“The most natural finisher in English football”. So frequently was Robbie Fowler festooned with that label that, as his career went on, it threatened to become a backhanded compliment; the striking equivalent of being considered “a good shot-stopper”.
For four years in the mid-1990s, however, Fowler’s billing was justified. Unlike some other vague footballing qualities – genuine pace, an eye for goal, giving you that something different – there was some solid logic behind his notable penalty-area instinct. That it manifested itself so early and so spectacularly in his career is what makes Fowler such a fascinating 90s case study.
Having ticked all the boxes of a goalscoring pre-prodigy – the all-conquering Sunday league team, at least one double-figure goal haul in one match, scouts lining up with their notepads – the young Evertonian’s exploits continued once Liverpool had finally persuaded him to join their academy. Having been kicked from pillar to post in one match, a 15-year-old Fowler was made to write a letter of apology to Bury’s reserve team manager after rounding the goalkeeper and stopping the ball on the line to kneel down and head it in.
Already well down the Liverpool production line, Fowler’s breakthrough moment in front of a wider audience perhaps came in the summer of 1993 as part of an electric England under-18 side that – on paper and with some romantic hindsight – might have given the dismal seniors a run for their money. On home soil for the European Championship, the early incarnations of Sol Campbell, Gary Neville, Paul Scholes, Nicky Butt and Fowler cruised past France, Holland (including Clarence Seedorf and Patrick Kluivert) and Spain by an aggregate score of 11-2 in the group stage.
Fowler, deployed mainly behind the main striker Julian Joachim, was the tournament’s top scorer with five goals – thanks to a frighteningly accomplished hat-trick against the Spaniards – and England took the title with a narrow win over Turkey in the final.
That summer audition – plus the pressure on Graeme Souness to spruce up the frontline of a fading Liverpool for the Premier League era – meant that Fowler was soon earmarked to take his place neatly between Ian Rush and Michael Owen in the lineage of Anfield strikers who hit the ground running as soon as they were given the chance. Patrick Barclay noted in the Observer before the start of the 1993/94 season that the 18-year-old was “balanced, graceful and lethal in front of goal, and certainly seems to have the equipment”.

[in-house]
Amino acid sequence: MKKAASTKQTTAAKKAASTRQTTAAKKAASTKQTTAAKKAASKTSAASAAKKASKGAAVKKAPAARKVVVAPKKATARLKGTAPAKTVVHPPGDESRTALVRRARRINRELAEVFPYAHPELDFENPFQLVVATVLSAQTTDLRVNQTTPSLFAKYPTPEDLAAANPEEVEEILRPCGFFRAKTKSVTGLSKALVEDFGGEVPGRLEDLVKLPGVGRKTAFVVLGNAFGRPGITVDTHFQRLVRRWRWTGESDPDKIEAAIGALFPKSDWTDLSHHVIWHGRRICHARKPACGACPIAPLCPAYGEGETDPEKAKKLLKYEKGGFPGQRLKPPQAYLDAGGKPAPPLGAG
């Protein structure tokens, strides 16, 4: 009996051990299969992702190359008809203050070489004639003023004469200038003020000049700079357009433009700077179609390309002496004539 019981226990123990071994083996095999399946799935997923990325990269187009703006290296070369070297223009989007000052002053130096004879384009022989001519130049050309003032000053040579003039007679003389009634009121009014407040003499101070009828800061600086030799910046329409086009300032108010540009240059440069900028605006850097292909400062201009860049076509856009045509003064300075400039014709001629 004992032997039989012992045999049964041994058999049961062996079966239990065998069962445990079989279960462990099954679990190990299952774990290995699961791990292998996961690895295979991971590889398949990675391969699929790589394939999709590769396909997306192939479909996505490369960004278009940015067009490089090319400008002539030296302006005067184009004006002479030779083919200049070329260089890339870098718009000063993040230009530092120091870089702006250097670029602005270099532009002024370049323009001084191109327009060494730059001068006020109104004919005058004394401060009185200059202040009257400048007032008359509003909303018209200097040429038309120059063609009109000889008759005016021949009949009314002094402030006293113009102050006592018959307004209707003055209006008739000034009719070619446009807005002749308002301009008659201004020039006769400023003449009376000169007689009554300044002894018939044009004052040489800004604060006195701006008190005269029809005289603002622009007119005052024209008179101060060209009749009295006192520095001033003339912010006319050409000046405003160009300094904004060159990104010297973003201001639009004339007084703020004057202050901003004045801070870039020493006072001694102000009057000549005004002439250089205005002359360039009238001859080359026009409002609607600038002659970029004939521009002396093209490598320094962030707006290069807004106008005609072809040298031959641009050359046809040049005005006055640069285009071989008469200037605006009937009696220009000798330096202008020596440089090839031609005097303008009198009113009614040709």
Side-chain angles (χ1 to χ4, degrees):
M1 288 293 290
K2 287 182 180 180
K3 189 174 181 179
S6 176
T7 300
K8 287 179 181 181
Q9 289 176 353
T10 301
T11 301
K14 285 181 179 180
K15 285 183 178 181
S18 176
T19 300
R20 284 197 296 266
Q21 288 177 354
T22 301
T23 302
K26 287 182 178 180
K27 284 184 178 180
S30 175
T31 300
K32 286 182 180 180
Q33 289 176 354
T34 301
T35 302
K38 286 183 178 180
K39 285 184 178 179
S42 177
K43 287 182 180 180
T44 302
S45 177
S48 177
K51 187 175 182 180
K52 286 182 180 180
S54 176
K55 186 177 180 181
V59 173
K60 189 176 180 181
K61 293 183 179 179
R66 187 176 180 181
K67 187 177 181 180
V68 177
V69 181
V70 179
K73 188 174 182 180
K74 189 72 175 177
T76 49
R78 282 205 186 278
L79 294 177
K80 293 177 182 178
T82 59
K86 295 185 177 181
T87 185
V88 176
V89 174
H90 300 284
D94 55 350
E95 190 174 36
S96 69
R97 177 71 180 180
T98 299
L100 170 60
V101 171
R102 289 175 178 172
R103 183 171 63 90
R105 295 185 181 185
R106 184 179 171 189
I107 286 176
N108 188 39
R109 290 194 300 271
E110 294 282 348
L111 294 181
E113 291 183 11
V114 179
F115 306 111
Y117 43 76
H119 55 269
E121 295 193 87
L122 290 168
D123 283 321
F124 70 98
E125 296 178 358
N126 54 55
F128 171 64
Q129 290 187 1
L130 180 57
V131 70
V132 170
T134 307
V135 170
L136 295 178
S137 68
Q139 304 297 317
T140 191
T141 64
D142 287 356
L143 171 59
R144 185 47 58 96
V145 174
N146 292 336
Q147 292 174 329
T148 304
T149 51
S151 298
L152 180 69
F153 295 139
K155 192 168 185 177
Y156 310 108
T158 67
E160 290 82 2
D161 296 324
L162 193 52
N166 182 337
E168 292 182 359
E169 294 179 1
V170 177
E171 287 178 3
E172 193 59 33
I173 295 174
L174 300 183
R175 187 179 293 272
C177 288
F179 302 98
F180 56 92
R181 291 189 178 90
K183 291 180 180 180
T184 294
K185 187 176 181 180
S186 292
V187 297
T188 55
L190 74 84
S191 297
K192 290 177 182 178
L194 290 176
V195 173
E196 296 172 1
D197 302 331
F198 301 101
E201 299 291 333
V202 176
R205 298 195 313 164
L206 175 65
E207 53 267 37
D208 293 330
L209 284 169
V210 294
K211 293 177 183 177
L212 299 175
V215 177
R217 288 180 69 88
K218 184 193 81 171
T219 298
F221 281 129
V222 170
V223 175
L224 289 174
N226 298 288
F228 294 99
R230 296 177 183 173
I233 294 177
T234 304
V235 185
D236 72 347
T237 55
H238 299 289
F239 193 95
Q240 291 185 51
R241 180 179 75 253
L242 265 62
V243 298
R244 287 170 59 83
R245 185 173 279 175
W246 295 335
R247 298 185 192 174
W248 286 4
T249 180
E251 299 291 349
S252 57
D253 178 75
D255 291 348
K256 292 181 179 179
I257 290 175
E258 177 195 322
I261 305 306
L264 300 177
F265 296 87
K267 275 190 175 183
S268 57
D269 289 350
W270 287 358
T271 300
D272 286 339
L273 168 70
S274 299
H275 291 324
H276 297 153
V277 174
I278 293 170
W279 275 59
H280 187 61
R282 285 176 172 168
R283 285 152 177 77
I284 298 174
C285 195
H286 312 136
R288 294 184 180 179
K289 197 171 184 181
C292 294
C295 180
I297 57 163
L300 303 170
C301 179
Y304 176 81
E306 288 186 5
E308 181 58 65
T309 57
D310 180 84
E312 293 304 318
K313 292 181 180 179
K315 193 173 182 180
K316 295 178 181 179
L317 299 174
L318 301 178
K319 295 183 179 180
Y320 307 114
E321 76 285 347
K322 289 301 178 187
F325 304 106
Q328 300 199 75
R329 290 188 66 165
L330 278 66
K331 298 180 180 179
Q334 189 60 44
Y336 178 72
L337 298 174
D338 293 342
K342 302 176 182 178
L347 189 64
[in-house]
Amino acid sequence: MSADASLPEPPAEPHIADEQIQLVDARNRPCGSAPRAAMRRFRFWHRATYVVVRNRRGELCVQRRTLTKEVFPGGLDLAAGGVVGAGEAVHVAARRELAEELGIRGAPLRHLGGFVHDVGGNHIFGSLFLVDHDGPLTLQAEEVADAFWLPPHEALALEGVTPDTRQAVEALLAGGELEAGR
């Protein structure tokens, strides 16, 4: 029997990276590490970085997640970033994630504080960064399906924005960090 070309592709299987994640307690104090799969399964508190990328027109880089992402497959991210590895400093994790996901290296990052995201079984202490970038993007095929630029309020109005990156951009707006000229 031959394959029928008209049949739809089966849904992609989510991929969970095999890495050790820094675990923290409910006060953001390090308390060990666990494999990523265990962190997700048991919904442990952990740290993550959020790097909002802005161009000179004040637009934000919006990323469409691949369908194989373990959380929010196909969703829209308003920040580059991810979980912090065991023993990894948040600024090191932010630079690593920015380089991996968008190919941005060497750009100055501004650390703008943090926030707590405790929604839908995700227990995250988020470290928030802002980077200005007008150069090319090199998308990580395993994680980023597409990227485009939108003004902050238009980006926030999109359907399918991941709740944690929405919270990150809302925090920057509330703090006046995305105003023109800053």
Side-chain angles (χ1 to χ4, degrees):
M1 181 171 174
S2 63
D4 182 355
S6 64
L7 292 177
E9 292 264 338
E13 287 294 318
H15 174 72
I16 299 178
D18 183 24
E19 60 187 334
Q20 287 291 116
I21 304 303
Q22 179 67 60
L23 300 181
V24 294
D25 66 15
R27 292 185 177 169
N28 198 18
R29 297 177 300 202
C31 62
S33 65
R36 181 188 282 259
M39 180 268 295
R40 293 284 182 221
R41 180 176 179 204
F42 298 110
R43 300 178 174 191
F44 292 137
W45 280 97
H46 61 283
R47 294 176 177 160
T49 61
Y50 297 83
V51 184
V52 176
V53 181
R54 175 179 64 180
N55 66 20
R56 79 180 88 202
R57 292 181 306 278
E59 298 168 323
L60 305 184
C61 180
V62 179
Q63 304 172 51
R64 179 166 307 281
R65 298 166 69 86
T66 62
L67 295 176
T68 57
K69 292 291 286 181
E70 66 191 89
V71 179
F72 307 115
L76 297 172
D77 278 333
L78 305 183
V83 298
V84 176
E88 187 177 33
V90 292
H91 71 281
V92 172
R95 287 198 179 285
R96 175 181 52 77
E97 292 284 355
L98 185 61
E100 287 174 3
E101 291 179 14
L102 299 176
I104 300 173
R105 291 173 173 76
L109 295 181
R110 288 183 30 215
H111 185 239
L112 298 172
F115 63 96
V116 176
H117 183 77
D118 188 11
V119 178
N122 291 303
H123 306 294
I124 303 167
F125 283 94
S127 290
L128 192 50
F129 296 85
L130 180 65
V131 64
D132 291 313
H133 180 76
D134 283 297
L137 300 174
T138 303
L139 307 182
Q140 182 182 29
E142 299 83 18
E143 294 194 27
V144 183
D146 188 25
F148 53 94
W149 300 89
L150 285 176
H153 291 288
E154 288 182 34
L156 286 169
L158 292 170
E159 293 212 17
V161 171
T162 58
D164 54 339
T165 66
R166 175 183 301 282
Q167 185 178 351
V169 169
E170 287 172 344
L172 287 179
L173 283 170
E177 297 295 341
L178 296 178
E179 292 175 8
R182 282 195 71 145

Souness would last in the job until January – not that there was much chance of his boot-room successor Roy Evans of abandoning Fowler’s careful but imminent nurturing – but he would give the teenager his first taste of senior football in a League Cup tie away to Fulham. Fowler wasted no time.
Liverpool won the second leg 5-0. Fowler scored all five. A first Premier League goal soon followed, as did his first league hat-trick. By the end of October in the debut season of his professional career, Fowler had scored 10 times in eight games. No-one since Jimmy Greaves had made such a startling impact in the top flight at such a tender age, and no-one – not Owen, not Marcus Rashford – has again.
Fowler finished the season – another collectively mediocre one at Anfield – with 18 goals. Now far more than just a promising fringe option, Fowler was ever-present in 1994/95, and the goals kept coming. Unlike Owen’s early contributions, this wasn’t just youthful energy catching flat-footed old timers off guard: there was a crafty geometry to Fowler’s finishing right from the very start, as he used his burst of pace to earn a chance before looking for the opposite corner to that which the hastily retreating defenders and goalkeeper tried to guard.
His burgeoning reputation as a “natural” finisher was based on more than simple knowing where the goal was – it was his freakish mastery of all the routes to get to it.
Fowler possessed neither blistering pace, a muscular presence nor the sheer height to worry defenders in theory. In practice, he punched above his weight in all of those aspects, plus having the most trusty weaker foot in the business.
3 – Robbie Fowler has scored three perfect hat-tricks in the Premier League, more than any other player. God.https://t.co/9zfQFSOnY4
— OptaJoe (@OptaJoe) July 22, 2016
The numbers – even by 2016 standards, but certainly by those of the mid-1990s – are exceptional. His 100th Liverpool strike came after only 165 games. Fowler was barely 21. A pair of PFA Young Player of the Year awards arrived on the Fowler mantelpiece in 1995 and 1996, as surely would two Golden Boots had it not been for the unstoppable force of Alan Shearer at Blackburn. If not quite as prolific, Fowler’s goalscoring repertoire – inside and outside the box – was just as varied: